The NLDC took these steps without notifying either state or city
officials. Governor Jodi Rell, who became governor after Rowland
resigned in disgrace in 2004, hit the ceiling: she demanded the
agency rescind the evictions. Current NLDC president Michael
Joplin huffed some legalese but the agency was forced to comply.
Claiming they thought the moratorium only applied to future
New London public officials have grown weary of the very agency
city government turned loose on the residents of Fort Trumbull.
By September Mayor Jane Glover, among others, was seeking a city
council vote of no confidence in the NLDC and asking that its
chief officers be removed. On 09/19/05 the Hartford Courant
editorialized (New London's Chance To Heal) that the last homes
left in Fort Trumbull should be incorporated into any future
development plans and due to NLDC mishandling "The development
is stalled, the neighborhood in ruins." On September 19th a
meeting of the New London city council was scheduled. The NLDC
vote was on the agenda. A call for a demonstration outside city
hall had been issued by the Castle Coalition. A crowd of New
London residents showed up for the city council meeting. But Fire
Marshall Calvin Darrow had noticed a deteriorated fire escape.
Hence only 49 people were to be allowed into the meeting room.
Luckily there were lots of police with dogs present. Because
the crowd got angry. One woman was arrested. The meeting was
rescheduled for the next night at an unannounced location. It was
almost as if there were worries about some kind of uprising.
On the evening of September 20th at a local high school, the New
London City Council, before an audience on more than a hundred
people, voted no confidence in the New London Development
Corporation over its handling of the redevelopment of Fort
Trumbull. The council also demanded the NLDC fire its president,
Michael Joplin and chief executive officer David Goebel. And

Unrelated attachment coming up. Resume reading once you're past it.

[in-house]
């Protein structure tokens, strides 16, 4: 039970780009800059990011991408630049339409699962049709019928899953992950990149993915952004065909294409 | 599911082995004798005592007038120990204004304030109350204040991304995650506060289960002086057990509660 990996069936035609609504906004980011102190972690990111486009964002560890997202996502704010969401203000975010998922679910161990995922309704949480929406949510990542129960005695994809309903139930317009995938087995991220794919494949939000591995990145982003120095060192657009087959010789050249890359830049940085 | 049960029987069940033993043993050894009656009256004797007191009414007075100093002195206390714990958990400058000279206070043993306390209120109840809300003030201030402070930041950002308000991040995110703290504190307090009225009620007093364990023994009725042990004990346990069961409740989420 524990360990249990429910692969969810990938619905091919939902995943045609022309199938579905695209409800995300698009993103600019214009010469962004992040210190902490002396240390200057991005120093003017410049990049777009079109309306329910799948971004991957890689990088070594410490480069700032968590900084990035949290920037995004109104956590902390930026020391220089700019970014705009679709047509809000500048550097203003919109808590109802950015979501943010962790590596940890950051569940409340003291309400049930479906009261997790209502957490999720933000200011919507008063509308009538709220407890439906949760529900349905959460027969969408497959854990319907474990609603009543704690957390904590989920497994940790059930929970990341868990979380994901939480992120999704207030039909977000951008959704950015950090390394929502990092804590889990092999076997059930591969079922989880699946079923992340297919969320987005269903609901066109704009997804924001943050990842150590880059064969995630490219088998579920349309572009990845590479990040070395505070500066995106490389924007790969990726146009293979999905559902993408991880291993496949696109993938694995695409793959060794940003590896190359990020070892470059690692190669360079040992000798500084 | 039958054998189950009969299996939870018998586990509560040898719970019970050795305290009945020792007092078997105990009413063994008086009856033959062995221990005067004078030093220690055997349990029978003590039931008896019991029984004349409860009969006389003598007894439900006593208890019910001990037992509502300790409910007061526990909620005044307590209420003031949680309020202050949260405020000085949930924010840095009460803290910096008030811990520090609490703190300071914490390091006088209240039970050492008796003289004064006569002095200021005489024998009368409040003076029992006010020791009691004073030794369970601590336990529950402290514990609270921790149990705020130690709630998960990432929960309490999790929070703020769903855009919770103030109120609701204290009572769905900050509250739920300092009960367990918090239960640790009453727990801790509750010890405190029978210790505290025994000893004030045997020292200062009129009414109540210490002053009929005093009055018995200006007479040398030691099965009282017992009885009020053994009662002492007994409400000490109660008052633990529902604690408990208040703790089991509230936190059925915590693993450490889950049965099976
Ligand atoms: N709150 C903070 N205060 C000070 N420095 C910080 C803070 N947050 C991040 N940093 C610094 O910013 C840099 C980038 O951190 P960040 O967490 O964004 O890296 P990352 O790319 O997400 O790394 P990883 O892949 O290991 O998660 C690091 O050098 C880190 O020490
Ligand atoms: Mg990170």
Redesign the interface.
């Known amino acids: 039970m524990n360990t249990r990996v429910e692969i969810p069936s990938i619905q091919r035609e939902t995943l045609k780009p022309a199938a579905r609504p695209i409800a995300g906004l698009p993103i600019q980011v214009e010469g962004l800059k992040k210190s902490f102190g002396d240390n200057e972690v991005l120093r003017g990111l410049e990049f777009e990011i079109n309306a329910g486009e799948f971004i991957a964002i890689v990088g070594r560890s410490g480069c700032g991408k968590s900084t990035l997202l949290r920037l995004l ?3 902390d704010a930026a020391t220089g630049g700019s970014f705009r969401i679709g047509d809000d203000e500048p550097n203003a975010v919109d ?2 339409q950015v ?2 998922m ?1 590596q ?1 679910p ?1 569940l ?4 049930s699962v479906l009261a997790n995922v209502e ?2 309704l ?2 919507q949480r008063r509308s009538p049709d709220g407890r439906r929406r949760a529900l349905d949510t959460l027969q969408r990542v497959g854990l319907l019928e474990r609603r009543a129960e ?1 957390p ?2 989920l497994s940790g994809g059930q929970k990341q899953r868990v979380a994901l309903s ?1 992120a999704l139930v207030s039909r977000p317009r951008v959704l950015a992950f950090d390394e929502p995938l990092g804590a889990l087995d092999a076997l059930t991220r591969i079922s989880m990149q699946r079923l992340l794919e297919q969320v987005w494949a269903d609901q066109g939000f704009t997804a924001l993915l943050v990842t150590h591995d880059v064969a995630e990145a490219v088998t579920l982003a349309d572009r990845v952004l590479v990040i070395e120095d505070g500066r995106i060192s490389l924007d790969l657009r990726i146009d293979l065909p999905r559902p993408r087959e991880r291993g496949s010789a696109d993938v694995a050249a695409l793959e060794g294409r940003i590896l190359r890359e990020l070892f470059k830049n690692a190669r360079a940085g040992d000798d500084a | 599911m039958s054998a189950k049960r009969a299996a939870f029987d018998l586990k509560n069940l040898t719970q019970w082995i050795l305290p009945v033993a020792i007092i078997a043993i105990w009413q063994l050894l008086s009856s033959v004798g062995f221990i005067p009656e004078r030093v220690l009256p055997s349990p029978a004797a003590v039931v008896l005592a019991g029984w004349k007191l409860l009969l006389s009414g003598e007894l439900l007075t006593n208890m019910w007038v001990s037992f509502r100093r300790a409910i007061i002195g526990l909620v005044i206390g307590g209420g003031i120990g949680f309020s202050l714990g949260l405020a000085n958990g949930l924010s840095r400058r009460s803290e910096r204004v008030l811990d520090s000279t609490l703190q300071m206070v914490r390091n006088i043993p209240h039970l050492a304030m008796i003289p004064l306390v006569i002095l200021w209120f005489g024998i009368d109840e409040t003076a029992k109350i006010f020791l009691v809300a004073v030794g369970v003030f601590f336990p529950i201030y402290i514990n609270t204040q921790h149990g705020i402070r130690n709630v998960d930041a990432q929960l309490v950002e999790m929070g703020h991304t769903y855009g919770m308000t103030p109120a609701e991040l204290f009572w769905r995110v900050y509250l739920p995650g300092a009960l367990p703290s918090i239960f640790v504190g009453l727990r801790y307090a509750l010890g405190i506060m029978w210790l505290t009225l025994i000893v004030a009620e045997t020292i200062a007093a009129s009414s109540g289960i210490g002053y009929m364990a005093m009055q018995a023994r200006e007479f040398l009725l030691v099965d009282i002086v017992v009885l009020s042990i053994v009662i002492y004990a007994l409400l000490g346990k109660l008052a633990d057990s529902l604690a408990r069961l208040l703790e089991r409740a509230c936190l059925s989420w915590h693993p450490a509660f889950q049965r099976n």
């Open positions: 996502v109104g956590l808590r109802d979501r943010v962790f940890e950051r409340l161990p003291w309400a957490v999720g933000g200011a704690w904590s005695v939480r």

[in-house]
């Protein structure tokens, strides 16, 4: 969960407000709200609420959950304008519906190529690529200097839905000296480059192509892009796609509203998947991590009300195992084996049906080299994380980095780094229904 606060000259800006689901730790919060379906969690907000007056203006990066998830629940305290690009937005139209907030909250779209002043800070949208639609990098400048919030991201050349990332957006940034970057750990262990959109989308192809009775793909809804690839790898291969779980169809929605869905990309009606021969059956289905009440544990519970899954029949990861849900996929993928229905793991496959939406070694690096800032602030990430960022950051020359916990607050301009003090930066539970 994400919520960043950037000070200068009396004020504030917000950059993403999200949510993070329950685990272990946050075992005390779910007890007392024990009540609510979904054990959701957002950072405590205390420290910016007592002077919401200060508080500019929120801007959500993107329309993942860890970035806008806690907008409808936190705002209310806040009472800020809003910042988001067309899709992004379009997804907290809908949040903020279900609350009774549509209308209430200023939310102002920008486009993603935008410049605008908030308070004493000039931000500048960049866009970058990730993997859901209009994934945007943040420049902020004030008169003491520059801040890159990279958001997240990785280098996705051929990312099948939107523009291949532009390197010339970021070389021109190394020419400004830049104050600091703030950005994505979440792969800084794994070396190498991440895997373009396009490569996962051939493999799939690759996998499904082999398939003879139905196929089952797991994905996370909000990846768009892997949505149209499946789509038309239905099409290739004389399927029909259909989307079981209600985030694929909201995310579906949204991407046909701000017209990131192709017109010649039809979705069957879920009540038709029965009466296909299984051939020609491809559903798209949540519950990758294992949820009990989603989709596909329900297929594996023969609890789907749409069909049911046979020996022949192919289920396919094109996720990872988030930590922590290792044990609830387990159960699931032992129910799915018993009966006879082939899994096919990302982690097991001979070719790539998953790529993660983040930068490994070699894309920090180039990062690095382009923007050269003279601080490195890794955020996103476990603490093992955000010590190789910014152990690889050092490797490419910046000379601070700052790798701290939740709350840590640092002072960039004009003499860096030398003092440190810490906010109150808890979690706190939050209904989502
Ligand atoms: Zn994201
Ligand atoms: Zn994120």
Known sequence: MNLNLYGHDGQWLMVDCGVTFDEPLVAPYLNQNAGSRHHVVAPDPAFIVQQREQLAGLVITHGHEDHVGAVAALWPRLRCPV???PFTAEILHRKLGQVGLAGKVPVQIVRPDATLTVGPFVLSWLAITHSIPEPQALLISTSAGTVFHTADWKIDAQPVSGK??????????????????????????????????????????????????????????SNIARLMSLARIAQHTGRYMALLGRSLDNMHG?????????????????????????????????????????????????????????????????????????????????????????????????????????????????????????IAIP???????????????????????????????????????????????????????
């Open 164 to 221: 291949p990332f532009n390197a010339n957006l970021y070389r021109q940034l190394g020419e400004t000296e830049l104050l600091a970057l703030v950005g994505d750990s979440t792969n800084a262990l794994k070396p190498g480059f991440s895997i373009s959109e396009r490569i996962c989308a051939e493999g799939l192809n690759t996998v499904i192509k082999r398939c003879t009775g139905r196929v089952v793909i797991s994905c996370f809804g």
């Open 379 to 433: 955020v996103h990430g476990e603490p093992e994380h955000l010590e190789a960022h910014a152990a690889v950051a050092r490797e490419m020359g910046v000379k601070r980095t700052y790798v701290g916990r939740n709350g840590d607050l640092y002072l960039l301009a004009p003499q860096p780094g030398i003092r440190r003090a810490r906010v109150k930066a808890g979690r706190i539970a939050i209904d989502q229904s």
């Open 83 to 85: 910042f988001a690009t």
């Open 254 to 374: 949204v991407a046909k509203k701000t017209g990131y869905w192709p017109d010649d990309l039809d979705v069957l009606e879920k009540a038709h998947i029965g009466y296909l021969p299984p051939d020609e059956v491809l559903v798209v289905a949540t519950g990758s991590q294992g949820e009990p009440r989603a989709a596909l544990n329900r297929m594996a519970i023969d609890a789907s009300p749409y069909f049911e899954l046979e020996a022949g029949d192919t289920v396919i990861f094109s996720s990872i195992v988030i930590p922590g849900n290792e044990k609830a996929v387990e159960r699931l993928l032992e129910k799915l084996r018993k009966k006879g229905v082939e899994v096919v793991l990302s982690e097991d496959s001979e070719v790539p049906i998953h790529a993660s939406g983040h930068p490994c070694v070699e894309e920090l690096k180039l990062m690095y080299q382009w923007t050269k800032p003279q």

threatened that if Joplin and Goebel didn't vacate, the NLDC
would be dissolved in a week. That the latter was a threat with
teeth was made clear by the council when they noted that without
their approval, the NLDC couldn't act for the city.
Considering what the past 6 years have meant to the image of New
London, and most important, to the people of Fort Trumbull, one
can't help but wish the city council had reined in the NLDC
earlier. Or better yet, had never granted the power of eminent
domain to the quasi-public unelected agency in the first place.
Of course at an earlier point state government officials weren't
pushing the city council to evict the NLDC leadership as they are
now, nor threatening to pull the project that initially helped
pump the agency's excesses.
As for the future, the true grit homeowners of Fort Trumbull
may wind up residing amidst the redevelopment that threatened to
displace them. And NLDC officers Joplin and Goebel? It's hard to
imagine them meekly agreeing to become skin on the sidewalk. Land
grabbers usually have to be pried off their perches. Something
easily observed in assorted eminent domain battles raging across
the nation. Not only are specific situations being contended, but
lawmakers in myriad states are rushing to get on the public's
good side and limit, and in some cases ban, the use of eminent
domain by local development corporations. Meanwhile, the Senate
Judiciary Committee just wrapped up its first hearing on
legislation proposing cutting federal funding to cities that
use eminent domain to obtain private property for economic
redevelopment projects. Isn't it funny how instead of turning
eminent domain into a cakewalk for quasi-public unelected
agencies, the U.S. Supreme Court decision has made land
Carola Von Hoffmannstahl-Solomonoff
*Institute for Justice Litigation Backgrounder, Eminent Domain
Without Limits? Institute for Justice
"When Government Takes Too Much," Philip Langdon, Senior Editor New
Urban News, City Comforts-- The Blog 03/05
Institute for Justice Litigation Backgrounder, "Eminent Domain Without Limits?" Institute for Justice 2004
"Governor Says Eviction notices must be taken back," AP/WTNH.com,
"Governor seeks to settle property controversy," theday.com
"NLDC agrees to rescind homeowners' notices to vacate," Noreen
Gillespie, Susan Haigh, Associated Press 09/16/05
"New London's Chance to Heal," Hartford Courant, 09/19/05
"Fire code and angry crowd: New London postpones meeting,"
"City Council votes no confidence in development authority,"
Associated Press/ABC 6 Rhode Island/Southeastern Massachusetts
"No confidence vote in New London for development agency," Michael
Herzenberg, New London-WTNH.com, 09/20/05
"Bipartisan Support For Eminent Domain Reform," Greg Simmons, Fox
"Lawmaker cautions against eminent domain in rebuilding: Maxine
Waters sees threat to poor blacks in New Orleans," Carolyn
Lochhead, Chronicle Washington Bureau, SF Gate 09/21/05